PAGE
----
CimAlp Advanced 2H Jacket | Review - Outdoors Magic

Outdoors Gear, Equipment, News, Reviews, Forums, Walking Routes and More at


Waterproof Jackets

CimAlp Advanced 2H Jacket | Review

This new waterproof has some real out-of-the-box thinking behind it. And the results are great

Why We Chose The CimAlp Advanced 2H: Innovative design, good breathability, technical details

This new jacket from CimAlp seems to be an evolution of their lightweight trail running jacket called the Storm 2 Pro. It’s tougher, even more protective and more specced out, but it still features that impressive breathability rating of 80,000g/m2. If that figure is true, those are industry leading levels of moisture vapour management.

Who Is The CimAlp Advanced 2H Jacket For?

With its weight of 390g, its focus on breathability, and some of the safety details it has, the Advanced 2H is definitely a jacket made for the mountains. We can see this being a useful option for anything from hiking and backpacking to ski touring and mountaineering.


CimAlp used their own proprietary membrane here, the same one that was used on their lighter Storm 2 Pro jacket. Called Ultrashell this material has a decent waterproof rating of 20,000mm (hydrostatic head) but perhaps more importantly those phenomenal breathability numbers which we mentioned earlier (80,000g/m2). To put these into perspective, Gore-Tex Pro’s breathability tends to measure around 28,000g/m2 (MVTR). Read the Tester’s Verdict at the bottom of this review to find out just how breathable we found Ultrashell to be out in the field.

The fabrics featured either side of the membrane are also impressive, with a durable outer that has a slight bit of stretch and then a backer material underneath that’s soft and smooth, much like Gore-Tex’s new Paclite Plus, making the jacket comfortable to wear, even against bare skin.


The jacket is cut at a standard height at the front of the hem but at the back it drops down to partially cover your backside. This really helps to prevent the jacket from riding up too much when you’re wearing a backpack or climbing harness. The overall volume is on the athletic side but not so much that it’s constricting and it will be able to accommodate a mid layer underneath.

There's enough volume in the hood to accommodate a climbing helmet. Photo: Mike Brindley
A built in RECCO reflector. Photo: Mike Brindley

One of the most instantly noticeable things about this is the main zip. This is offset so that it zips up to the left hand side of your jaw, just below the ear and the result is a hood that fits almost like a wetsuit hood. It’s an inspired touch that makes this one of the most impressive, protective hoods we’ve come across (again, more on that in the Tester’s Verdict below).


Whole lot of features here. You’ve got a harness-friendly two-way YKK waterproof main zip, an adjustment cinch at the hem, dependable Velcro tabs on the cuffs and long pit two-way pit zips that are backed by a mesh gusset. The two handwarmer pockets are quite small but they can still be accessed when you’re wearing a harness or backpack with a hipbelt. You also have a zippered mesh pocket on the chest for things like your phone and wallet and then another open mesh pocket on the inside for storing gloves. One notable addition is the RECCO reflector on the shoulder, something that belies this jacket’s alpine focus.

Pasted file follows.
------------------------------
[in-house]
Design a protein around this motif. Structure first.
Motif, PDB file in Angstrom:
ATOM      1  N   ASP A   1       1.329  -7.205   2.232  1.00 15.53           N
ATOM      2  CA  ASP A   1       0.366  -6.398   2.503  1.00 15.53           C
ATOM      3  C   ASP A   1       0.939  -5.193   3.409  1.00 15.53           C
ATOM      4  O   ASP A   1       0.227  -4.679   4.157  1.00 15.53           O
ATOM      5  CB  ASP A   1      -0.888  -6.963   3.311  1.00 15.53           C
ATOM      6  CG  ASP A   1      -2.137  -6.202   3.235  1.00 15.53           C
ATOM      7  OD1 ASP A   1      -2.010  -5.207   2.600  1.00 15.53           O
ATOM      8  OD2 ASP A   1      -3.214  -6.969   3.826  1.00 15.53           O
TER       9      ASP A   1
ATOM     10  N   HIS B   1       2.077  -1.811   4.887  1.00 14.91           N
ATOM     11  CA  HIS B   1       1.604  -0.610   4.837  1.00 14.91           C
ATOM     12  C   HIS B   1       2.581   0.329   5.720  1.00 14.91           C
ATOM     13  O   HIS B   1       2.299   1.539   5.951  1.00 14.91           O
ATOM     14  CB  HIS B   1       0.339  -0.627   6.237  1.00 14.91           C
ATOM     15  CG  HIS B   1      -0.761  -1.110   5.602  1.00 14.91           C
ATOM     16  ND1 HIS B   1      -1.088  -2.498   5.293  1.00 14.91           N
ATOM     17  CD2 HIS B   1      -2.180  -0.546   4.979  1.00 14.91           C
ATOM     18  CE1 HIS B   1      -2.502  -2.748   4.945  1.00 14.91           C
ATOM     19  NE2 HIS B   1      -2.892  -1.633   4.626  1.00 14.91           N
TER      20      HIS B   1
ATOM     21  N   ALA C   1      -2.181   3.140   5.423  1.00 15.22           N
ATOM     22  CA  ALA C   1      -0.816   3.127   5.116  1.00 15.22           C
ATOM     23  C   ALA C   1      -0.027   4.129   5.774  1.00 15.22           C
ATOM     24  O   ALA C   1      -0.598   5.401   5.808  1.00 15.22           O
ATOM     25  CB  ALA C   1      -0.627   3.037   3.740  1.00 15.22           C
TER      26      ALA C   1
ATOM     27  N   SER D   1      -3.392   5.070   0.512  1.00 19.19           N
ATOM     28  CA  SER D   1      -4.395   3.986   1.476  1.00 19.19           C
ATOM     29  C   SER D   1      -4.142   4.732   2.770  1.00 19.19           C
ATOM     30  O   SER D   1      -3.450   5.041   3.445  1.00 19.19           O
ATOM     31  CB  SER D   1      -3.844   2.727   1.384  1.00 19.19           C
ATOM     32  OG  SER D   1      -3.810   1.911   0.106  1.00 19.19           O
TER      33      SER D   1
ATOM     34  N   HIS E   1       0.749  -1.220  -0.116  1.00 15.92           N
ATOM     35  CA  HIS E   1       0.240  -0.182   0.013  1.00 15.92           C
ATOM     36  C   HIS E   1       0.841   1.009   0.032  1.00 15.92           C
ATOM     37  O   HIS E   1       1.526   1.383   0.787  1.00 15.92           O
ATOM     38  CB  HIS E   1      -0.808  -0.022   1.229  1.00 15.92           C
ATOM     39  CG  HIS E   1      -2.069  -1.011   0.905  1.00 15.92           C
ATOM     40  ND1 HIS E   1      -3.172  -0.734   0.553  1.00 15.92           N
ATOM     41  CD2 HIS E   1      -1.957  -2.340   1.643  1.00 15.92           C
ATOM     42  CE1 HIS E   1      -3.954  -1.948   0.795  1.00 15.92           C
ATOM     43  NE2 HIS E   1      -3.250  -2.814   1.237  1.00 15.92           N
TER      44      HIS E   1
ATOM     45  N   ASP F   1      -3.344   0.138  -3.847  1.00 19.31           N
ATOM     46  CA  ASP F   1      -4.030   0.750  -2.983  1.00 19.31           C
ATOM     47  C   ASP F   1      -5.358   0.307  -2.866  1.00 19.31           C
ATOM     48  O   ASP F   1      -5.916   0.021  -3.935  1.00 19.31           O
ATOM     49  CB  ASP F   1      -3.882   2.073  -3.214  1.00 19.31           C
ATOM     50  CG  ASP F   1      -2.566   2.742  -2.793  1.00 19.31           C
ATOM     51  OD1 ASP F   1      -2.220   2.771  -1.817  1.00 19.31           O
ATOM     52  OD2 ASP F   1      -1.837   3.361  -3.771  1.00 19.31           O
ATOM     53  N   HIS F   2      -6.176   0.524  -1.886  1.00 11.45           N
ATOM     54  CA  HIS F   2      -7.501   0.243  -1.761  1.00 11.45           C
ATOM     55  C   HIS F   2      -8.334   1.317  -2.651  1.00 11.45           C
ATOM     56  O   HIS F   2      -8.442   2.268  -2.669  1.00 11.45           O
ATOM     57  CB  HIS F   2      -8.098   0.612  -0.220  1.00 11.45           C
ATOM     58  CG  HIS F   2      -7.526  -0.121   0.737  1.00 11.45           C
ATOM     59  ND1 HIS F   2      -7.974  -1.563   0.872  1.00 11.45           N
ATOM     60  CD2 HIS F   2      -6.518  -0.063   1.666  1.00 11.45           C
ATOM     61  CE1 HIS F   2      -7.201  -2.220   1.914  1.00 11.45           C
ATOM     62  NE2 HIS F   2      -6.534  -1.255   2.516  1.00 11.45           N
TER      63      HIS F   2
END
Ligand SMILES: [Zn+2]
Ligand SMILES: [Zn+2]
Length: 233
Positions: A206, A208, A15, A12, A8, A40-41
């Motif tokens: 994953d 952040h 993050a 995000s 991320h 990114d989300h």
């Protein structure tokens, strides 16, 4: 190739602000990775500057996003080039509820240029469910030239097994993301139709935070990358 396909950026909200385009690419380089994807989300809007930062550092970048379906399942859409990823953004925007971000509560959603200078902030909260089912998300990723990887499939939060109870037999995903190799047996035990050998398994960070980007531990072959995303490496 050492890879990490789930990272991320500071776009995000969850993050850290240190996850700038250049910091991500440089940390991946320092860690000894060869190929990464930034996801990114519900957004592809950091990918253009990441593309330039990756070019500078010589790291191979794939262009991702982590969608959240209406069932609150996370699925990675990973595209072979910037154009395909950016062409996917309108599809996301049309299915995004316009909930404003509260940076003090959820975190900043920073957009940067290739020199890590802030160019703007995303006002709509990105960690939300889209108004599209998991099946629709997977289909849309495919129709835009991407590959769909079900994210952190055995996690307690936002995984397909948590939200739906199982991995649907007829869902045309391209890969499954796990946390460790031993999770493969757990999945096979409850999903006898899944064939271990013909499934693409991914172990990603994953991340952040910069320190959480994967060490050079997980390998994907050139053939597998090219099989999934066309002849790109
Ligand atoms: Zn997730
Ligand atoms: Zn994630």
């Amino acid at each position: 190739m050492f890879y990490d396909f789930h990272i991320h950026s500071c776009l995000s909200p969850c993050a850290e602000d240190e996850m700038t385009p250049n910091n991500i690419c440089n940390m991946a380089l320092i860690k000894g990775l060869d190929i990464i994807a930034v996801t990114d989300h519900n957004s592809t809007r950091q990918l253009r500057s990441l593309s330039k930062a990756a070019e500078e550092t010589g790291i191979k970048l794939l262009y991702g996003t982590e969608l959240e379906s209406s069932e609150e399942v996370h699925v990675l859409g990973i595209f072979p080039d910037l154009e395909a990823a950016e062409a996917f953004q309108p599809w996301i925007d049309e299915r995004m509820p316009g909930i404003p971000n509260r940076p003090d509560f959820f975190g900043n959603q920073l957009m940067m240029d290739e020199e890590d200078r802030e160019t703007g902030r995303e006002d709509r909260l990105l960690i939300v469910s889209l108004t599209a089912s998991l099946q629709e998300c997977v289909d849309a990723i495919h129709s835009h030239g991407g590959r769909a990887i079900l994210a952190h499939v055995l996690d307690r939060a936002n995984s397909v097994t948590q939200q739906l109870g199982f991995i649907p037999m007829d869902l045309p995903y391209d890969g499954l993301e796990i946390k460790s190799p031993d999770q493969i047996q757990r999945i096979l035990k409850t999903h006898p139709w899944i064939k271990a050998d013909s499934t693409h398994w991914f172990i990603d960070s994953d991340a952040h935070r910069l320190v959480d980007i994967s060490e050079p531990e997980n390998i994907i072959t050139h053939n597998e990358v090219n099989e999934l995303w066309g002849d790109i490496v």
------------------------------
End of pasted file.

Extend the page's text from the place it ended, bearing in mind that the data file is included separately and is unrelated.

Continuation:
“I took it on a backpacking trip over a wet few days in the Brecon Beacons and was so impressed by the hood design.”

As for the hood – which, by the way, is helmet compatible – not only does it have that useful offset zip but there’s a breathing vent for when you’re properly cinched in, three point adjustment and then a modest peak that’s wire stiffened.

Tester’s Verdict

Will Renwick, editor of Outdoors Magic

“I was recently out in heavy rainfall in the Lake District wearing a jacket by Rab, one with the kind of run-of-the-mill hood you see on most jackets, and I ended up getting soaked because water managed to seep in around my chin. There and then, I remember wondering when I’d come across a jacket that solves that issue. And well, it turns out I didn’t need to wait long because two weeks later I found out this CimAlp jacket is the answer.

Out in the Brecon Beacons in miserable weather.

“I took it on a backpacking trip over a wet few days in the Brecon Beacons and was so impressed by the hood design. The offset zip makes it very comfortable while the protection really is top quality. In fact, it’s the most protective hood I’ve come across.

“As for the breathability, while I’d say it’s better than most jackets out there on this front, I’m still a little sceptical about the 80,000g/m2 claim. Perhaps they’ve factored in the pit zip ventilation with this. Still, with those open I found there was enough airflow to tolerate wearing this even during some long and steep climbs – the kind of climbs where a standard waterproof would tend to get too clammy. Is it as breathable as The North Face’s FutureLight? I’d say no. It is far, far more durable though.

“Another of the main aspects I rate about this is the cut – the dropped hem at the back in particular. Jackets do tend to ride up on me when I wear a backpack so I appreciated having that extra length.

“At 390g it’s not the lightest out there but it’s certainly light for an alpine jacket, which I’d say is the category it sits in.”

CimAlp Advanced 2H

Newsletter Terms & Conditions

Please enter your email so we can keep you updated with news, features and the latest offers. If you are not interested you can unsubscribe at any time. We will never sell your data and you'll only get messages from us and our partners whose products and services we think you'll enjoy.

Read our full Privacy Policy as well as Terms & Conditions.